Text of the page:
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Old 04-27-2012, 03:23 AM   #1
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I bottled a 9% scotch ale after aging in the secondary on oak cubes for a month. It's been 3 weeks and there is no carbonation. Is there a good way to pitch more yeast without oxidizing my beer as I dump it all back into a bottling bucket? I'm thinking I could just create a CO2 blanket in the bucket but was wondering if this would be adequate. Anyone have any experience doing this?

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Old 04-27-2012, 04:01 AM   #2
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You could try carbonation tablets, might be a good option at this stage so as to minimize aeration.

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Old 04-27-2012, 04:31 AM   #3
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I would wait maybe another two weeks before even thinking about re bottling. Give it some time. I see these threads pop up about people dumping all the beer to bottle it all over again. Personally I have never had a batch that didn't carb up eventually. Usually the answer to these problems is more time unless you forgot to add the priming sugar or something.

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Old 04-27-2012, 05:13 AM   #4
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What temp were your bottles at?

My last two batches have been under carbed, but they were in my basement at. 62. Im going to give them three weeks upstairs now that it's warmed up and hope that helps.

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Old 04-27-2012, 01:43 PM   #5
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Three weeks in bottles at 70 degrees is the baseline for normal gravity beers. High gravity beers (9% is pretty massive) and lower temps lead to longer carbonation times.

Honestly, if this is carbed up in six weeks, you are doing well.

If you dump it into your bucket, you're going to oxidize the crap out of it.

If you add carb tablets, you run a serious risk of bottle bombs.

If you added the right amount of priming sugar, the beer WILL carb up, but it is going to take some time. I have seen reports of up to three months for seriously big beers.
Check out the priming sugar calculator, yeast starter calculator, and the beer calorie calculator.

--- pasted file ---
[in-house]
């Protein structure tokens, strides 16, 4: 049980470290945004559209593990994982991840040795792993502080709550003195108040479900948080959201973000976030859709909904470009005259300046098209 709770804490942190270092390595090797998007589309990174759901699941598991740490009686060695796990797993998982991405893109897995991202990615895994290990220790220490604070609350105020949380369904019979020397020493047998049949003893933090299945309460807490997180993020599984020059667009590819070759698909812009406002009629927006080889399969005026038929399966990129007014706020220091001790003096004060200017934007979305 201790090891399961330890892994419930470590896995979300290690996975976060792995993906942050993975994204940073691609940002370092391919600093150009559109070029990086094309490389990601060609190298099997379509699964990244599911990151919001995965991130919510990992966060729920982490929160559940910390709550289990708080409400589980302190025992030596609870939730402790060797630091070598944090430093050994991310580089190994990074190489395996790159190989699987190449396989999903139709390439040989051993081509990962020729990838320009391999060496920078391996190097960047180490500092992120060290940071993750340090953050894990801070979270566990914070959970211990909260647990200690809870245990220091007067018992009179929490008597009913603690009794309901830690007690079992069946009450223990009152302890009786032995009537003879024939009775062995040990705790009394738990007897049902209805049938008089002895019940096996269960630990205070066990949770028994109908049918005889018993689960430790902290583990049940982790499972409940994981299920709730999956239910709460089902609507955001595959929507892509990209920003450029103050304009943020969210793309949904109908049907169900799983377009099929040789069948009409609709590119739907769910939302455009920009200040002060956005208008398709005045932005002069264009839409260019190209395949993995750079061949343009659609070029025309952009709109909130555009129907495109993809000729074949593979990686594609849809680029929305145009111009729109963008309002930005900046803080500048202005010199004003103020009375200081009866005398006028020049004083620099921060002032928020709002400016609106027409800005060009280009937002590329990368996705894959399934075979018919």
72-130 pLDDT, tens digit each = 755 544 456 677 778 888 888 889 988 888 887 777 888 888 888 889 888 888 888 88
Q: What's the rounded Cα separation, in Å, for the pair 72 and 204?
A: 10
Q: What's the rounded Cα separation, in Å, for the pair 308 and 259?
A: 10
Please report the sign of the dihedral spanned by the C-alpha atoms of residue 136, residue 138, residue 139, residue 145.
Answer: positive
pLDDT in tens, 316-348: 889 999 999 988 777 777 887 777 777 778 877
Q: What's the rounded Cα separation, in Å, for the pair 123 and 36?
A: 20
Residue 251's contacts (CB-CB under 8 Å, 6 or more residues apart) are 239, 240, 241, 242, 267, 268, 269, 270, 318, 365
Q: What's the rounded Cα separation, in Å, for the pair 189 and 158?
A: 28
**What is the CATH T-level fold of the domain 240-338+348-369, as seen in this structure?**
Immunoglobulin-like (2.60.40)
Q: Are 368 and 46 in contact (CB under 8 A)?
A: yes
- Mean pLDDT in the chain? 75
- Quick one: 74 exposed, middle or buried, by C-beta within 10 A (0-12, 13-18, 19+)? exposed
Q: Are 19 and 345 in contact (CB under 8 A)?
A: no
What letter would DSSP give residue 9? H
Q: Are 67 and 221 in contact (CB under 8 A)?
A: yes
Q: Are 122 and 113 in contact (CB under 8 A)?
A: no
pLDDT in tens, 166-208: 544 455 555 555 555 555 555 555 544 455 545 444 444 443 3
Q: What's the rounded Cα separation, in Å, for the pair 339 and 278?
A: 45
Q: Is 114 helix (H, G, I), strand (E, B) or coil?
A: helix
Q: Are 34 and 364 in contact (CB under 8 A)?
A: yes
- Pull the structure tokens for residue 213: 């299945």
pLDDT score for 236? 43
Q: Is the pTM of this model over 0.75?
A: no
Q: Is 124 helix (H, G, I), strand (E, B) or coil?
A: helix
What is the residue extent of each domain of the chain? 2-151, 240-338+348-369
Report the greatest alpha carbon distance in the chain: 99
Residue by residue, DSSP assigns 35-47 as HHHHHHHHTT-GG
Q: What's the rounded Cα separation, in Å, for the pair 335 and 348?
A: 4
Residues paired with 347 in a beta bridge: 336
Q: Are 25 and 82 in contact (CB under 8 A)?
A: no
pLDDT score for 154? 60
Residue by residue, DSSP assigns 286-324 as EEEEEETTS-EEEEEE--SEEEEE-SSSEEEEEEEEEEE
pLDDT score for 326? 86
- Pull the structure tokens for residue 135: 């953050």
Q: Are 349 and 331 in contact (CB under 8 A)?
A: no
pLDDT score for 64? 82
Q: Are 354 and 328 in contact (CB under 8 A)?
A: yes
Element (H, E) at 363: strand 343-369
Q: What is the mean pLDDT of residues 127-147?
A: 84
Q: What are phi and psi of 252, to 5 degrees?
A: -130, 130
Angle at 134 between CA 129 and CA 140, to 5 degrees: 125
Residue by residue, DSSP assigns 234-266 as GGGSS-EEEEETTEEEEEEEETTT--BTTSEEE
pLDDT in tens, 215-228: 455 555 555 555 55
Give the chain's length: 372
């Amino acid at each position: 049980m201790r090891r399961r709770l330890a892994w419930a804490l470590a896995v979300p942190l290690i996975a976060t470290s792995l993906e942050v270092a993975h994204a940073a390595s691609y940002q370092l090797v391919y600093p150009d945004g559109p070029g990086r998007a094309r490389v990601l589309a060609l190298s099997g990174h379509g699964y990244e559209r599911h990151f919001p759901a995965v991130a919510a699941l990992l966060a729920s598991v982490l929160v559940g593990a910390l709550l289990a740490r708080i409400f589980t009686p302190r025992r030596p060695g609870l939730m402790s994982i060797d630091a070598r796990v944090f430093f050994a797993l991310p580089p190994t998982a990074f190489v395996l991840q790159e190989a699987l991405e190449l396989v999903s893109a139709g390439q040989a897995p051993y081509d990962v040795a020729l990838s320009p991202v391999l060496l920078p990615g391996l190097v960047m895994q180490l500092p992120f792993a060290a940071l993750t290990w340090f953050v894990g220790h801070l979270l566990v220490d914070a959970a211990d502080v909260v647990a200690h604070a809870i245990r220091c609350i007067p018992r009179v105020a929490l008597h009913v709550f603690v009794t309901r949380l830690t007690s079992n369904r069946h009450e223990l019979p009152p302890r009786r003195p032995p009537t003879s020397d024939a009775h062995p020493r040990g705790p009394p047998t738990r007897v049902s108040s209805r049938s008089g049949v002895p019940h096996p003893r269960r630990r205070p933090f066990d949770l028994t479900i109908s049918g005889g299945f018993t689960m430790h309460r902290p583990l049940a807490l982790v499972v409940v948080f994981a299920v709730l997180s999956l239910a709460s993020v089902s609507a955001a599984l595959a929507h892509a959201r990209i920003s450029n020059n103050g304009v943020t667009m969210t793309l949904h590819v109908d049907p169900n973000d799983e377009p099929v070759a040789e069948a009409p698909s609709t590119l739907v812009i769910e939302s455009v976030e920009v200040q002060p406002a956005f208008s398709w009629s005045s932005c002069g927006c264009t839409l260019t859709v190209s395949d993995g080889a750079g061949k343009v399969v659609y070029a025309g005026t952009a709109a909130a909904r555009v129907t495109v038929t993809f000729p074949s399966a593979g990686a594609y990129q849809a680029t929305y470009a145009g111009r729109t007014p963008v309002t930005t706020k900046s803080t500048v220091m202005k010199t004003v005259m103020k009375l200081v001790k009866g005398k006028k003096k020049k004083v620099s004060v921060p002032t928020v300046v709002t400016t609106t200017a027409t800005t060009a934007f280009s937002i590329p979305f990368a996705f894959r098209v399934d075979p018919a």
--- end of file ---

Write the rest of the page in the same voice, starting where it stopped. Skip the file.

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Old 04-27-2012, 01:49 PM   #6
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3 weeks at room temp are the guidelines for an average gravity/abv beer.

Higher gravity/abv beers will tend to take a bit longer.

As always, patience is key.

Like HBD said, if you added the right amount of priming sure the beer will carbonate, it's just a matter of when.

It's not worth the risks to dump and rebottle. Just wait it out.
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Old 04-27-2012, 02:16 PM   #7
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Assuming you primed it already, there's no sense in adding carb tabs. Those are just more sugar, so if the yeast aren't fermenting the sugar you already added, they'll just continue not fermenting the additional sugar too.

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Old 04-27-2012, 02:19 PM   #8
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The 3 weeks at 70 degrees, that we recommend is the minimum time it takes for average gravity beers to carbonate and condition. Higher grav beers take longer.

Stouts and porters have taken me between 6 and 8 weeks to carb up..I have a 1.090 Belgian strong that took three months to carb up.

Temp and gravity are the two factors that contribute to the time it takes to carb beer. But if a beer's not ready yet, or seems low carbed, and you added the right amount of sugar to it, then it's not stalled, it's just not time yet.

Everything you need to know about carbing and conditioning, can be found here Of Patience and Bottle Conditioning. With emphasis on the word, "patience."

Lazy Llama came up with a handy dandy chart to determine how long something takes in brewing, whether it's fermentation, carbonation, bottle conditioning....

If a beer isn't carbed by "x number of weeks" you just have to give them more time. If you added your sugar, then the beer will carb up eventually, it's really a foolroof process. All beers will carb up eventually. A lot of new brewers think they have to "troubleshoot" a bottling issue, when there really is none, the beer knows how to carb itself. In fact if you run beersmiths carbing calculator, some lower grav beers don't even require additional sugar to reach their minimum level of carbonation. Just time.
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Old 04-29-2012, 08:33 PM   #9
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Thanks for the advice from everyone. I will be waiting awhile longer and will make updates.

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Old 04-29-2012, 08:38 PM   #10
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As most have said already, just give it some time. Besides, aging in the bottle will give your beer time to really come together.
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